Hyperion HT-88 monoblock power amplifier

Remarkably, I set out to audition the Hyperion HT-88 amplifier ($2800/pair) over two years ago, only to be confounded by shipping errors, miscommunications, and, in the end, a stealthily defective tube. I almost gave up.

But in audio as in the I Ching, persistence pays: Happily, a pair of the Chinese-made Hyperion amplifiers has now performed glitchlessly in my home for weeks, where they've transcended their comparatively modest price in terms of not only sound but of musical character—a quality I associate with rare vintage amps and the best of today's artisanal products, and not the sorts of amplifiers that are built by the indifferent.

Chinese manufacturers of high-end audio gear are all too often cast in a light of opportunism, as if the ability to make things cheaply is their only reason for being. But I've come to realize that the people behind Hyperion—as those behind the Cayin line and any number of other very good Chinese brands—are, first and last, hi-fi enthusiasts. No matter where, no matter the cost, I believe that Hyperion's Albert Wu would have found a way to bring the HT-88 to market, and to an appreciative audience.

The HT-88 is a monophonic amplifier, built and sold in mirror-imaged pairs. The left-channel amp's input socket is on its right-hand side, the right-channel amp's on its left; this permits shorter, simpler cable runs in systems where source and preamp are midway between the speakers. And while the symmetrical arrangement of the other parts serves no practical purpose, the cosmetic advantage is obvious. The Hyperion's low-slung chassis is fashioned from individual sheets of black-anodized aluminum, and its top surface plays host to six vacuum tubes: two 5Z4 half-wave rectifiers, two 12AU7 dual-triodes, and two KT-88 output pentodes. Completing the skyline are two reservoir capacitors and three transformers, the latter comprising a generously sized AC trannie with a chrome cap and two nicely painted "cans" for the power-supply choke and output transformer. The last has secondary taps for loads of 4, 8, and 16 ohms, with associated EU-spec output connectors on the rear panel, also symmetrically arranged.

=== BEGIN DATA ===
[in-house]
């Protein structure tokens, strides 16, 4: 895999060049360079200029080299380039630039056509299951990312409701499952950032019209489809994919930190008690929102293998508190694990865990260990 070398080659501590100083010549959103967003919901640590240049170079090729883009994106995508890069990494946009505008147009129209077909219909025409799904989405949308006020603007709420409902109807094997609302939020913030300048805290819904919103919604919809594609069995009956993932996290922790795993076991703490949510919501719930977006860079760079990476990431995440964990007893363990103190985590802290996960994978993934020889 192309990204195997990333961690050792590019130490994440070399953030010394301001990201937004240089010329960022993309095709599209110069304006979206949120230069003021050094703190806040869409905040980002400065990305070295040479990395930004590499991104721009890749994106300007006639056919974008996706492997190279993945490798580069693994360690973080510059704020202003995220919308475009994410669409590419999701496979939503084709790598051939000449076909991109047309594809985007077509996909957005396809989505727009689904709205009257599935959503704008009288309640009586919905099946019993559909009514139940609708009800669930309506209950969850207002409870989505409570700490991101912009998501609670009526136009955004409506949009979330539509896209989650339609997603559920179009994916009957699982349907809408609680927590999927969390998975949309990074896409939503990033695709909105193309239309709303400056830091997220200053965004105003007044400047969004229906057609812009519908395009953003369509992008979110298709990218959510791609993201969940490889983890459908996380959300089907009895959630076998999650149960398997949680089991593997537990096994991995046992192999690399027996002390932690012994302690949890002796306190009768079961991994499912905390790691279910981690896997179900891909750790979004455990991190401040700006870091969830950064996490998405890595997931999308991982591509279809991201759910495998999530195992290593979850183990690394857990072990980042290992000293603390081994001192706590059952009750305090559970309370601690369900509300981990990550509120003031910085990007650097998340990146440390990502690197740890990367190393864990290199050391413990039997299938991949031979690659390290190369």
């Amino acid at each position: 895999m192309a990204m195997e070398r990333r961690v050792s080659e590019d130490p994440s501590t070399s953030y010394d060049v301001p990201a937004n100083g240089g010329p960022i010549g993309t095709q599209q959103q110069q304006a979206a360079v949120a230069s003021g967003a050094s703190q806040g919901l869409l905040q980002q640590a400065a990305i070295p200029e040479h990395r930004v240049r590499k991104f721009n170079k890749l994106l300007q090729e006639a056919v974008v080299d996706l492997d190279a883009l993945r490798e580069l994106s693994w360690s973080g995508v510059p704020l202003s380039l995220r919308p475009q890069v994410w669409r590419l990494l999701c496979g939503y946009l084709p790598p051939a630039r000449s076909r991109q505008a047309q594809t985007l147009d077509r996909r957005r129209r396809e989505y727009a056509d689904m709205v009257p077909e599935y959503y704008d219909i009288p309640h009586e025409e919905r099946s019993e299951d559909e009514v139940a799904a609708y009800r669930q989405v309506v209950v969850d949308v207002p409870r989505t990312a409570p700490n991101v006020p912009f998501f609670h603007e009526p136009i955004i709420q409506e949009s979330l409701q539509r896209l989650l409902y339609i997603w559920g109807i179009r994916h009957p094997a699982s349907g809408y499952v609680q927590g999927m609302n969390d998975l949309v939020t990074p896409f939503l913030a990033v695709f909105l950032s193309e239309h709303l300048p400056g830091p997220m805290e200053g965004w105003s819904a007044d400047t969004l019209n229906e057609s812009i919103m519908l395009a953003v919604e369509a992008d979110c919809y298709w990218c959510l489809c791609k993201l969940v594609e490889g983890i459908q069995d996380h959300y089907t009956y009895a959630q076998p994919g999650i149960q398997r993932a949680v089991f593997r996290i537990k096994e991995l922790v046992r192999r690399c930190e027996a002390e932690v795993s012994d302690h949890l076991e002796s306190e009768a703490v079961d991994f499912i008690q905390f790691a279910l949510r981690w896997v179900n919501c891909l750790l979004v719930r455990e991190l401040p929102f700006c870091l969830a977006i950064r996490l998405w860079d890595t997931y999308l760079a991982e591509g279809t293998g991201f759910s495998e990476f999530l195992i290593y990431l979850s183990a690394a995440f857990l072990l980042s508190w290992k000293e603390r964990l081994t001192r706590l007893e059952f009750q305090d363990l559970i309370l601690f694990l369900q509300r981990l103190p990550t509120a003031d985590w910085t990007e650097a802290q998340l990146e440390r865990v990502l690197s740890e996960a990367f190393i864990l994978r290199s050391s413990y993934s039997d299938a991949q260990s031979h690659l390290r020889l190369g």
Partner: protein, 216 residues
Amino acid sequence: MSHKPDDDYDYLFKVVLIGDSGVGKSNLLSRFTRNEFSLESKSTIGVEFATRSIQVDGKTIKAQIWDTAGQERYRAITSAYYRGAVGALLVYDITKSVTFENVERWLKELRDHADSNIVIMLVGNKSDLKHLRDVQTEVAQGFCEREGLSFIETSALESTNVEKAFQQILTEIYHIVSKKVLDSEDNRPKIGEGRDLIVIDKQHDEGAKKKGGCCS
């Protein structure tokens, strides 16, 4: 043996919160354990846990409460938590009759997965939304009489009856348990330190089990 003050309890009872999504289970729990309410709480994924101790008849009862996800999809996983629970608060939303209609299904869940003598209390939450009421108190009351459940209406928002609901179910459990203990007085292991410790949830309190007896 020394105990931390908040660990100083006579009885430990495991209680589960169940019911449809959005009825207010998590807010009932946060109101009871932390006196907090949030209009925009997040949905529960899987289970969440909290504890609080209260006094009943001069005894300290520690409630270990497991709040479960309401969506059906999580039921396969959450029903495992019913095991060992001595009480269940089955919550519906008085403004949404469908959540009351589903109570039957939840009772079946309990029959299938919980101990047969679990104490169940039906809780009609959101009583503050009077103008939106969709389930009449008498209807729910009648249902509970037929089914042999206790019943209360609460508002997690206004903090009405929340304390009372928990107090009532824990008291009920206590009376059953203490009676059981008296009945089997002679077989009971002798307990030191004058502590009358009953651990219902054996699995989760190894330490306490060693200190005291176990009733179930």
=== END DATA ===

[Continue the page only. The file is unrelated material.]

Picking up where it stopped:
The Hyperion HT-88 isn't at all big, but each one tips the scale at a whopping 42 lbs. Much of that weight is accounted for by the amp's massive output transformer: The HT-88 is, in fact, a single-ended amplifier that requires a good deal more iron than would a push-pull amp using the same output tubes. I admit to having been ignorant of the Hyperion's single-ended architecture when I agreed to write about it—and thus was surprised when I tried to lift one of the review samples out of its shipping carton.

Yet, strictly speaking, the HT-88 isn't a single-ended triode (SET) amp: The KT-88 is a thoroughly modern (defined in my worldview as post–Ottoman Empire) device, with a cathode and a heater that are electrically separate from each other, and a total of three grids. The adventurous designer is free to ignore the KT-88's two extra grids, however, in which case the tube can be operated as a triode, if not a directly heated one—which is precisely what Hyperion has done. In this circuit, the plates of two parallel KT-88s are tied to the rail through the primary winding of that weighty, custom-made output transformer, and their grids are fed the full-wave input signal from an SRPP voltage amp comprising the two 12AU7 tubes. Output power is specified as 18W (compare that with the 30W or so available from a pair of KT-88s in a class-A push-pull circuit), and negative feedback is applied to the first cathode of the input section from the 8-ohm output tap.